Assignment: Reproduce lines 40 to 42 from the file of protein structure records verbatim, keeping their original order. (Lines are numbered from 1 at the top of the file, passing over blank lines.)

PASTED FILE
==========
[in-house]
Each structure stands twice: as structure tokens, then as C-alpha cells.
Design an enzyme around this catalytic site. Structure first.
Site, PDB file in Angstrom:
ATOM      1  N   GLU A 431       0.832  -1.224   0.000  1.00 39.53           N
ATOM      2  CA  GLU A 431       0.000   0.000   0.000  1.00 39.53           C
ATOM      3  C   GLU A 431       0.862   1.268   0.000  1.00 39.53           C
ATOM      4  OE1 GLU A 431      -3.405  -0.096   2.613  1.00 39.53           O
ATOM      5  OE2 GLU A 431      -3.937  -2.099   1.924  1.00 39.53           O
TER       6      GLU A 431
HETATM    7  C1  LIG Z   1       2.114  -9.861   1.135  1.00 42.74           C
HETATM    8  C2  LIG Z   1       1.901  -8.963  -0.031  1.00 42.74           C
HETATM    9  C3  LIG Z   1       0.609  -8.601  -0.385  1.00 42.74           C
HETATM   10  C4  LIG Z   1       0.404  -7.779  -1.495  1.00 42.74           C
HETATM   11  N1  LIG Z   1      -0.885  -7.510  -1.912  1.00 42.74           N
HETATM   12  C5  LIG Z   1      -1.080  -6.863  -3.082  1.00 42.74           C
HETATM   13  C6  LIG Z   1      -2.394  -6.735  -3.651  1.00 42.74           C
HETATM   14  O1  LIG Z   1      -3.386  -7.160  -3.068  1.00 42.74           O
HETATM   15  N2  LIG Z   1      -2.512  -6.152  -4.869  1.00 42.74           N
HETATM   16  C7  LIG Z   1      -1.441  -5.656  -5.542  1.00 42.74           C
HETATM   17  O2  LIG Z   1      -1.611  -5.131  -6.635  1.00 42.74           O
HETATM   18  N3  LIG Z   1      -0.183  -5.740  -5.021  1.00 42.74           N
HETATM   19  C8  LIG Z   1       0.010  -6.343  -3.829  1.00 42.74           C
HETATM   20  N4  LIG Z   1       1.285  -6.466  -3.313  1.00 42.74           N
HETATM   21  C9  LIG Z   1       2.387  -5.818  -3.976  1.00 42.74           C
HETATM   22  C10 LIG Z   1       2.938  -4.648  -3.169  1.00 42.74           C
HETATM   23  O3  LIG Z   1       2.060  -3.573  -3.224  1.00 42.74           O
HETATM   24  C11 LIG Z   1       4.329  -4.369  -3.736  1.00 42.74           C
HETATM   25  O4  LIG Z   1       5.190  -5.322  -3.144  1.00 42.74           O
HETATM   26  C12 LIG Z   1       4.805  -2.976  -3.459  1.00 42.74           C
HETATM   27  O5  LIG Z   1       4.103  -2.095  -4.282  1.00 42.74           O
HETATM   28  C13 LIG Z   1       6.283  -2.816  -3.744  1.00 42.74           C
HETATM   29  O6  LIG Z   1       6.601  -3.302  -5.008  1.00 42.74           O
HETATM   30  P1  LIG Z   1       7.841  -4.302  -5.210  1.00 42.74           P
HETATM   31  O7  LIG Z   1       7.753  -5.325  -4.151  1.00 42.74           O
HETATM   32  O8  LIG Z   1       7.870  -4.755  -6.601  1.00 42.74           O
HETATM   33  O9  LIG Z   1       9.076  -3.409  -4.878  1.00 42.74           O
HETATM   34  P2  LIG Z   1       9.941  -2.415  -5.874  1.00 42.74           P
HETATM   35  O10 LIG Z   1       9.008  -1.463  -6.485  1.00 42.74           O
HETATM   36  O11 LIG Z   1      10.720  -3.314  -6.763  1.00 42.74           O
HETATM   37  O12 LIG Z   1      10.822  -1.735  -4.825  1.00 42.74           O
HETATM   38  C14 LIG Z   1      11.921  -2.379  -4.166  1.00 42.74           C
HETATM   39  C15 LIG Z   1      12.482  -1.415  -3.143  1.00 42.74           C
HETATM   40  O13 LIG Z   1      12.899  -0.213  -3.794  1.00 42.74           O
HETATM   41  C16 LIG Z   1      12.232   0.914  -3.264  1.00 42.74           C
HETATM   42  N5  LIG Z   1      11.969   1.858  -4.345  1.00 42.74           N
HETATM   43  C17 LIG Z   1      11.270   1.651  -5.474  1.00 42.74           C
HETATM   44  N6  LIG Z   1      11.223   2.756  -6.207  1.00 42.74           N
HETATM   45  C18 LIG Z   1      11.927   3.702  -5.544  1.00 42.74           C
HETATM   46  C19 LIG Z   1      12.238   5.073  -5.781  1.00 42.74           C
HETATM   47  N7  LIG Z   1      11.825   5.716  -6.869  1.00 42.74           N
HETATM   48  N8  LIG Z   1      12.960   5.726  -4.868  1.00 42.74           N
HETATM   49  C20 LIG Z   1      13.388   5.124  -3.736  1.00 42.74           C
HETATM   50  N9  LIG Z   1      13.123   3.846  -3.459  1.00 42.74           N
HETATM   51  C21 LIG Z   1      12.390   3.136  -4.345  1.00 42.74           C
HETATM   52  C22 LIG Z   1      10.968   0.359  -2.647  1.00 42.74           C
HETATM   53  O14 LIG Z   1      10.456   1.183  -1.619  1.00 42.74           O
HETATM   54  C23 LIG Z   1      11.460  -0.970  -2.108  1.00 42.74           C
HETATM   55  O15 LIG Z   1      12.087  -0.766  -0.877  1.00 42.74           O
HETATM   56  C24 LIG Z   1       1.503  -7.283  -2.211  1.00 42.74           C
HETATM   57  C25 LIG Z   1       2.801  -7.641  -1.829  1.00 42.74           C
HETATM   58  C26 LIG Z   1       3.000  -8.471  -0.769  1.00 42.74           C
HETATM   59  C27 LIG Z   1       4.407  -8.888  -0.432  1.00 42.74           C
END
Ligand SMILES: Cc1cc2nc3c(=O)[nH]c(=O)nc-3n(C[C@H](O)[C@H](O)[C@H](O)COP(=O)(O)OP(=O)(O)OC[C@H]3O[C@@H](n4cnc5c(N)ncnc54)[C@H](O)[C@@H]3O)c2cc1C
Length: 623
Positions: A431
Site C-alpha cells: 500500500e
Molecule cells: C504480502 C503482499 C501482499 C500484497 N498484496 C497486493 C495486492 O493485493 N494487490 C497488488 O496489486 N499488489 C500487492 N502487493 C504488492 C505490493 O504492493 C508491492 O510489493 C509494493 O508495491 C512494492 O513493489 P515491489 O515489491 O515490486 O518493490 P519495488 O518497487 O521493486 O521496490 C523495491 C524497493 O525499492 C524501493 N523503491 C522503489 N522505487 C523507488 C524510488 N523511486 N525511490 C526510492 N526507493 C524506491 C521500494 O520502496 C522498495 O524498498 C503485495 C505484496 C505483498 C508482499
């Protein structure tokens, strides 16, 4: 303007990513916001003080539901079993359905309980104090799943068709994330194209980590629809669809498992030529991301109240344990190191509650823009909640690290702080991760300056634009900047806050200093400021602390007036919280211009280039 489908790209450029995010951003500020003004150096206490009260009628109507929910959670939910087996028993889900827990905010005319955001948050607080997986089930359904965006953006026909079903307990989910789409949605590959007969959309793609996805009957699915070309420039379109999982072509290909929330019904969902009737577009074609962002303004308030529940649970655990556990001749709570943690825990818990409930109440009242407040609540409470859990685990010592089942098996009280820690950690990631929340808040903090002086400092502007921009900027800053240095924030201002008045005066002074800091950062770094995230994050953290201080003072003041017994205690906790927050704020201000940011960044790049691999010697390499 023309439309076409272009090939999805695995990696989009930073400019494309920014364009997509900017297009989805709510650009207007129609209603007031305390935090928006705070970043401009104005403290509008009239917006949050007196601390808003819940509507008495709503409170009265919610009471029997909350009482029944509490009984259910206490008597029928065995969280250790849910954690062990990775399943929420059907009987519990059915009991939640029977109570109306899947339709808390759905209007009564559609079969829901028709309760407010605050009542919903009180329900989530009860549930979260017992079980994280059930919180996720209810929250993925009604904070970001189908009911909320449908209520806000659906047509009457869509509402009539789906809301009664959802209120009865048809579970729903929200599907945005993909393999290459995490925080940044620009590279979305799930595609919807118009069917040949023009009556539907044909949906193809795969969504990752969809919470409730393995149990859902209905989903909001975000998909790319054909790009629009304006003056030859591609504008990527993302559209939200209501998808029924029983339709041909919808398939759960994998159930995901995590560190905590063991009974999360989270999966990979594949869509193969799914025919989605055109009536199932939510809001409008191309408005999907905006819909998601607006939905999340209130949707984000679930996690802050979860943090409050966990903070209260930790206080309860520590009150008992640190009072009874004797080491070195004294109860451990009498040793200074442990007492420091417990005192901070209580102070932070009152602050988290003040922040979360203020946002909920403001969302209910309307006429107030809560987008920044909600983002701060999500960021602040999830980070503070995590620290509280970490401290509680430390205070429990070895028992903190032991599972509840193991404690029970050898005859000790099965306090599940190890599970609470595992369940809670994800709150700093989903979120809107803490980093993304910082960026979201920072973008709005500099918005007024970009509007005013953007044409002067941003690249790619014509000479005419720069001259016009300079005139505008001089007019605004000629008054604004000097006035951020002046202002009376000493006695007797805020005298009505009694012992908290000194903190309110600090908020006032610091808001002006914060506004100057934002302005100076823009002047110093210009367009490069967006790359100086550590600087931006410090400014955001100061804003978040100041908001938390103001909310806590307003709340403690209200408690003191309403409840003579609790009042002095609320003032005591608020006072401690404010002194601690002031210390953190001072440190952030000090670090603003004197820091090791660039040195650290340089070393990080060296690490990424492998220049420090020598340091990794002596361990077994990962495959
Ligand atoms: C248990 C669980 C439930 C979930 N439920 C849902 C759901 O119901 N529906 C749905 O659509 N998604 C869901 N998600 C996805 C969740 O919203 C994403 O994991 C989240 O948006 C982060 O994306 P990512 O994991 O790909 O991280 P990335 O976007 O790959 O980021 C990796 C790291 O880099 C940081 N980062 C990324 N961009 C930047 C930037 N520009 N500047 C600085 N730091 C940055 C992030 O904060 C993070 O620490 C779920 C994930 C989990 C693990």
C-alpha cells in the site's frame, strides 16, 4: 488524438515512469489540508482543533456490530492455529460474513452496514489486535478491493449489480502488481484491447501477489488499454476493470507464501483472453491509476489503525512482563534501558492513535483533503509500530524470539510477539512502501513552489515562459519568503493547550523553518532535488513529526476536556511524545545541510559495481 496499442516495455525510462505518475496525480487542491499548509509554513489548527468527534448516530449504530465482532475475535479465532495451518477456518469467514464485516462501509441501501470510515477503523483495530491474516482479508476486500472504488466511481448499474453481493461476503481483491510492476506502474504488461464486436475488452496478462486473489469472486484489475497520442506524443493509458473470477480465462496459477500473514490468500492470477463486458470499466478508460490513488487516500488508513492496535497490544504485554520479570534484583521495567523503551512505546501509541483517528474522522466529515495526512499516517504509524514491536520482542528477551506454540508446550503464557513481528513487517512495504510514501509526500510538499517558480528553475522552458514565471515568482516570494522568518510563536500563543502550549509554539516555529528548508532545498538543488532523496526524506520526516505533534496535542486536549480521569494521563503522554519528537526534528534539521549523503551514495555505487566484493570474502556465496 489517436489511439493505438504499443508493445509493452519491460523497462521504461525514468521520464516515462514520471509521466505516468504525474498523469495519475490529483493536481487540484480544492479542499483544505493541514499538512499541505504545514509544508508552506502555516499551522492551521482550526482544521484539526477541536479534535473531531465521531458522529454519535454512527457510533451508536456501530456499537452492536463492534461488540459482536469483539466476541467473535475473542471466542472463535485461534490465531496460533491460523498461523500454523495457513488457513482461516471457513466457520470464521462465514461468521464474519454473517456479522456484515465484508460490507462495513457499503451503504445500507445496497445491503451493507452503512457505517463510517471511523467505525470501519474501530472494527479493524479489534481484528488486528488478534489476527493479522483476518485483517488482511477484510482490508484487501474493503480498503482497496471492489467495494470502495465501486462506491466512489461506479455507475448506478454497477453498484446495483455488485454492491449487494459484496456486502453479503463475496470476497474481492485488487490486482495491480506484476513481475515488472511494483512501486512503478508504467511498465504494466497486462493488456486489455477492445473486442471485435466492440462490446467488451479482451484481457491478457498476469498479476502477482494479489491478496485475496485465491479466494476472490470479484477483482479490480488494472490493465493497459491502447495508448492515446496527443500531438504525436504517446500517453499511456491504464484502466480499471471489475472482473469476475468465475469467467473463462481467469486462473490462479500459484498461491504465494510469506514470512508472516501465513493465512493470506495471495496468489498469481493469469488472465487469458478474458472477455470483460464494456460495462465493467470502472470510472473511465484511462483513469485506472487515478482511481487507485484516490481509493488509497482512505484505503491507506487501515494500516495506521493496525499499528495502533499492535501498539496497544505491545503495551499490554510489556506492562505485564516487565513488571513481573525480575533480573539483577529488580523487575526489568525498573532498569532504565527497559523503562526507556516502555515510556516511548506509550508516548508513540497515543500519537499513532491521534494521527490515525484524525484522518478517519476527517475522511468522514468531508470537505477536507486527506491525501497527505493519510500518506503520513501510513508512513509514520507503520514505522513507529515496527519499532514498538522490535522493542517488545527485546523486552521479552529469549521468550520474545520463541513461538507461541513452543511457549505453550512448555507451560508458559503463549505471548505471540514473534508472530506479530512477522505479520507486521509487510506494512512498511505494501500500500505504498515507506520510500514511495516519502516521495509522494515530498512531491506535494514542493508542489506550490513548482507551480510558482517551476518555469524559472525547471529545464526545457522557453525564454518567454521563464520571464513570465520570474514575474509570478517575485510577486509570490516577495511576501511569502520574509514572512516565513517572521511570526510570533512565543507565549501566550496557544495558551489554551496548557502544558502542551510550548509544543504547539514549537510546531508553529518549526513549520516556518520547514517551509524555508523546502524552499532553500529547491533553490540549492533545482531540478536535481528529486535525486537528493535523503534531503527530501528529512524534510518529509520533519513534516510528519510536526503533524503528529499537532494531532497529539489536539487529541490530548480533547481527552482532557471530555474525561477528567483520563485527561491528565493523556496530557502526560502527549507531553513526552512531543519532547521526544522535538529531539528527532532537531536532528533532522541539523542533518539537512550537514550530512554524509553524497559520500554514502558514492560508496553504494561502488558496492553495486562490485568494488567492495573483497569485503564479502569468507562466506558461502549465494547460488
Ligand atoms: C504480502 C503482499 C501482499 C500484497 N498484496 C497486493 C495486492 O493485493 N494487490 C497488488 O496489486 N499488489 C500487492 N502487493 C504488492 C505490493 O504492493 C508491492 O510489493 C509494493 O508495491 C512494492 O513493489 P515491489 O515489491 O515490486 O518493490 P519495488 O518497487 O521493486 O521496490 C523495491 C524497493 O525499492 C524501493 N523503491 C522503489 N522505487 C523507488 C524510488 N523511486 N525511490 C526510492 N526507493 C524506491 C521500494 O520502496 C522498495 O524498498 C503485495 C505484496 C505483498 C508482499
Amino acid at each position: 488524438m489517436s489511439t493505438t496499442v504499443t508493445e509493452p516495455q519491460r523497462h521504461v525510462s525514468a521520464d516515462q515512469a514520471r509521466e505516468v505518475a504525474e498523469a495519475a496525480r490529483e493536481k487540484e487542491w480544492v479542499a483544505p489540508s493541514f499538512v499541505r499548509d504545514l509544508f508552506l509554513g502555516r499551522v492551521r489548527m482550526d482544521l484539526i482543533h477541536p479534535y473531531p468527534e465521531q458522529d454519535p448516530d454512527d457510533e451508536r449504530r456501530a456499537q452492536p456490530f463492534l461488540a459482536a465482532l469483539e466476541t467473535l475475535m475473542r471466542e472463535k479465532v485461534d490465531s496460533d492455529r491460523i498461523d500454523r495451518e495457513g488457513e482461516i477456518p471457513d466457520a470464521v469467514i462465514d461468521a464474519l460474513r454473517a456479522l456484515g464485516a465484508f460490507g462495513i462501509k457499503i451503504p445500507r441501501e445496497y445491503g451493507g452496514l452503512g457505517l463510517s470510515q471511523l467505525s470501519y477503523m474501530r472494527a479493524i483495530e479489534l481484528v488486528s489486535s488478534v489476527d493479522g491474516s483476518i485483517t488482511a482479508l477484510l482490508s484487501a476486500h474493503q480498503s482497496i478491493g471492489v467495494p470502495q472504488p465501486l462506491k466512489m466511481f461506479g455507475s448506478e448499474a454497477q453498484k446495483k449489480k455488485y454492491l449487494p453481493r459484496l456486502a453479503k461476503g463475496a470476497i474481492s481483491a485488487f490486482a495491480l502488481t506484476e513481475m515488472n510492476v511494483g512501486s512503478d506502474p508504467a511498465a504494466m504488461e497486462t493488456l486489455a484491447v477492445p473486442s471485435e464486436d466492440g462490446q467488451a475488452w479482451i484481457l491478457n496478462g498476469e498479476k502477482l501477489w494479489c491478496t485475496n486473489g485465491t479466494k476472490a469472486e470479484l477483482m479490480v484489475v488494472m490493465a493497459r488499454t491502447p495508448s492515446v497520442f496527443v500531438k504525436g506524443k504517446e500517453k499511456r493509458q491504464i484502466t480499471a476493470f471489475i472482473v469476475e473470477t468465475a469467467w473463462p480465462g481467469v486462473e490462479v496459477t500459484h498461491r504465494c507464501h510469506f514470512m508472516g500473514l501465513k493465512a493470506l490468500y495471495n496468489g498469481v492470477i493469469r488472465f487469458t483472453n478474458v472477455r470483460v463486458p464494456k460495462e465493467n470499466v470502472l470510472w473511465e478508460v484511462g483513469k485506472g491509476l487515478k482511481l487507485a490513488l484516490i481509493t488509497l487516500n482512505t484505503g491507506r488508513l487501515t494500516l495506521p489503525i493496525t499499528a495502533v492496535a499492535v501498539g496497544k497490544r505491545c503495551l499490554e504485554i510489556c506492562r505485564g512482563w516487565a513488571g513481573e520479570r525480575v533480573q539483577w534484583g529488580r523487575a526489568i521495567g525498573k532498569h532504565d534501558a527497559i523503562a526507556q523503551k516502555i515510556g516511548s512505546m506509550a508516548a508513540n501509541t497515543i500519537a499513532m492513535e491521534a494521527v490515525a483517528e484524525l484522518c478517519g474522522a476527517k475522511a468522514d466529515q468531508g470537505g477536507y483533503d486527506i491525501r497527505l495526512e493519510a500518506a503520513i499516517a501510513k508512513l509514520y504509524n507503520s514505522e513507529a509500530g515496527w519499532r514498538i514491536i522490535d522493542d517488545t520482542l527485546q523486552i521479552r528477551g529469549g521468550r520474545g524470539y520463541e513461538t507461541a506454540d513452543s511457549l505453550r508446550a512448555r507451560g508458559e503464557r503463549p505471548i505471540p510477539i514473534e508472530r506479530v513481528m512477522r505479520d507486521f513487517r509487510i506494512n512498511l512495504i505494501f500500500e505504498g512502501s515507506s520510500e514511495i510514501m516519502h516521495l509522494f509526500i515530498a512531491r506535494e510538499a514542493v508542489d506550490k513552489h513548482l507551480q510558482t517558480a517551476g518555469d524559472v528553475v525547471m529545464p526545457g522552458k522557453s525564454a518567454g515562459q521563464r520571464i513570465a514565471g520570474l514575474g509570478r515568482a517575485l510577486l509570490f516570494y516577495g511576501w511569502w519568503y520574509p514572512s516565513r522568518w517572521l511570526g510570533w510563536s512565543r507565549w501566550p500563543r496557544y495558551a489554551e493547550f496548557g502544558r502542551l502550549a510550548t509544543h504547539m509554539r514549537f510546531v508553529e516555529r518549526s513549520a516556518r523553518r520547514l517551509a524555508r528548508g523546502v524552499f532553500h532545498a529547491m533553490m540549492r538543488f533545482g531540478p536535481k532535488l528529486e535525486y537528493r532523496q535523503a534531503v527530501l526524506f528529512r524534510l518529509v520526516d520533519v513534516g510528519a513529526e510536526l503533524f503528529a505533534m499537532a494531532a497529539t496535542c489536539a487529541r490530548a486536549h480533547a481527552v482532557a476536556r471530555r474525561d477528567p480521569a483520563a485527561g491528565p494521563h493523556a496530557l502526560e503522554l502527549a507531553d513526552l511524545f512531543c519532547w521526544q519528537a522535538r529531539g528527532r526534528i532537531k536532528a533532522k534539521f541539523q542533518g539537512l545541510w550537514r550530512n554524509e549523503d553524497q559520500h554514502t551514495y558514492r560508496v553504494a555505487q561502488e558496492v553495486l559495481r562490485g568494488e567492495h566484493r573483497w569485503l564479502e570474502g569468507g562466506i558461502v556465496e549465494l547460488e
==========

HETATM   36  O11 LIG Z   1      10.720  -3.314  -6.763  1.00 42.74           O
HETATM   37  O12 LIG Z   1      10.822  -1.735  -4.825  1.00 42.74           O
HETATM   38  C14 LIG Z   1      11.921  -2.379  -4.166  1.00 42.74           C